Barry decides to hire some ladders and planks from a local equipment hiring business to enable him to paint the exterior of his house. When he collects the hired goods, he is asked to sign a hiring agreement. Barry asks the employee of the hiring firm why he has to sign an agreement, to which the employee replies, "It is just for insurance purposes" ...

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n

Any legally binding agreement voluntarily entered into by two or more parties that places an obligation on each party to do or not do something for one or more of the other parties and that gives each party the right to demand the performance of whatever is promised to them by the other parties. To be valid, all parties must be legally competent to enter a contract, neither the objective nor any of the obligations or promised performances may be illegal, mutuality of the agreement and of its obligations must exist, and there must be consideration. See also acceptance, offer, privity, tender, breach of contract, and bargain.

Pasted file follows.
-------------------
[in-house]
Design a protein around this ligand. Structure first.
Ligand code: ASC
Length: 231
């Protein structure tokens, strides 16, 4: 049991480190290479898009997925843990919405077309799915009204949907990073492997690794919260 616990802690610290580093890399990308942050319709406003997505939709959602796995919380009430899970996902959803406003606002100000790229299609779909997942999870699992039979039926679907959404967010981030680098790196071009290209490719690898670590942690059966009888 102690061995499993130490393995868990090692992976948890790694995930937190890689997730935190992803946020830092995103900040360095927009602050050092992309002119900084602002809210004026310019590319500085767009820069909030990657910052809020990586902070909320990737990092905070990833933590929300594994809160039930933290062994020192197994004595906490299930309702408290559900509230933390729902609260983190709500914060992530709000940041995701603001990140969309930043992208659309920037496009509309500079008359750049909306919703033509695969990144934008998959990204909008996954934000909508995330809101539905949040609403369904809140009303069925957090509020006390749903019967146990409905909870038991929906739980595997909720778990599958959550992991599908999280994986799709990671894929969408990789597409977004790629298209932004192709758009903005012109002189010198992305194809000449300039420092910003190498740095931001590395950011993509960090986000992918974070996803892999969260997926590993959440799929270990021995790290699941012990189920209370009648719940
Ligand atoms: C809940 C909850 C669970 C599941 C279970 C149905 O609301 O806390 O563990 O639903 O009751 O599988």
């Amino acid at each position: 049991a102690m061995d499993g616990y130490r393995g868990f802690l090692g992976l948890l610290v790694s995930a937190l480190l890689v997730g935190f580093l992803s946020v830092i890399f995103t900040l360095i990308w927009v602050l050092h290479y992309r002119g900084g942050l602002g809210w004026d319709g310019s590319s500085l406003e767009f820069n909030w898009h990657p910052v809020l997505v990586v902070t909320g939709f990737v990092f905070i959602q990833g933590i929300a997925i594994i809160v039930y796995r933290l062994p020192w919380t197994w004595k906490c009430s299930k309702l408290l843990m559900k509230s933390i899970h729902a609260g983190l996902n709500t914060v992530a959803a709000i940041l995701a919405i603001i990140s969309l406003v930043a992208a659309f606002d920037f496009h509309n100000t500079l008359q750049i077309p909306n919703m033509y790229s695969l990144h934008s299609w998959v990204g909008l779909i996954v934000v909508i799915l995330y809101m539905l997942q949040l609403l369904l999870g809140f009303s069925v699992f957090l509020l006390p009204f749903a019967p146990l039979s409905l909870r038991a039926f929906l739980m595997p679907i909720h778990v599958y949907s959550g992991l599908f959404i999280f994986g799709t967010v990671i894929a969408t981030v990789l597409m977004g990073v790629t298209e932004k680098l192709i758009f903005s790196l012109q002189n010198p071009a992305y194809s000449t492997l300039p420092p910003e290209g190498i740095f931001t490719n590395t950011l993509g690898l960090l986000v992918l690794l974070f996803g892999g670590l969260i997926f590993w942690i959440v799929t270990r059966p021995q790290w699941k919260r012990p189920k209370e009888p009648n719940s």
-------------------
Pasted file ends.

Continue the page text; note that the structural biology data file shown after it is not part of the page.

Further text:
v

To enter into or settle by a contract or to make a legally binding promise.

n

The document containing the terms of a contract.

adhesion contract

A contract that is so highly restrictive of one party’s rights and liabilities, but not of the other, that it is doubtful that it is a truly voluntary and uncoerced agreement. The concept typically arises in the context of standard-form contracts that are prepared by one party, not subject to negotiation, and offered on a “take it or leave it” basis. If the terms of the contract are extremely burdensome or oppressive, the court may not enforce it on the grounds that it is unconscionable. Also called contract of adhesion. See also boiler plate, fine print, and unconscionable.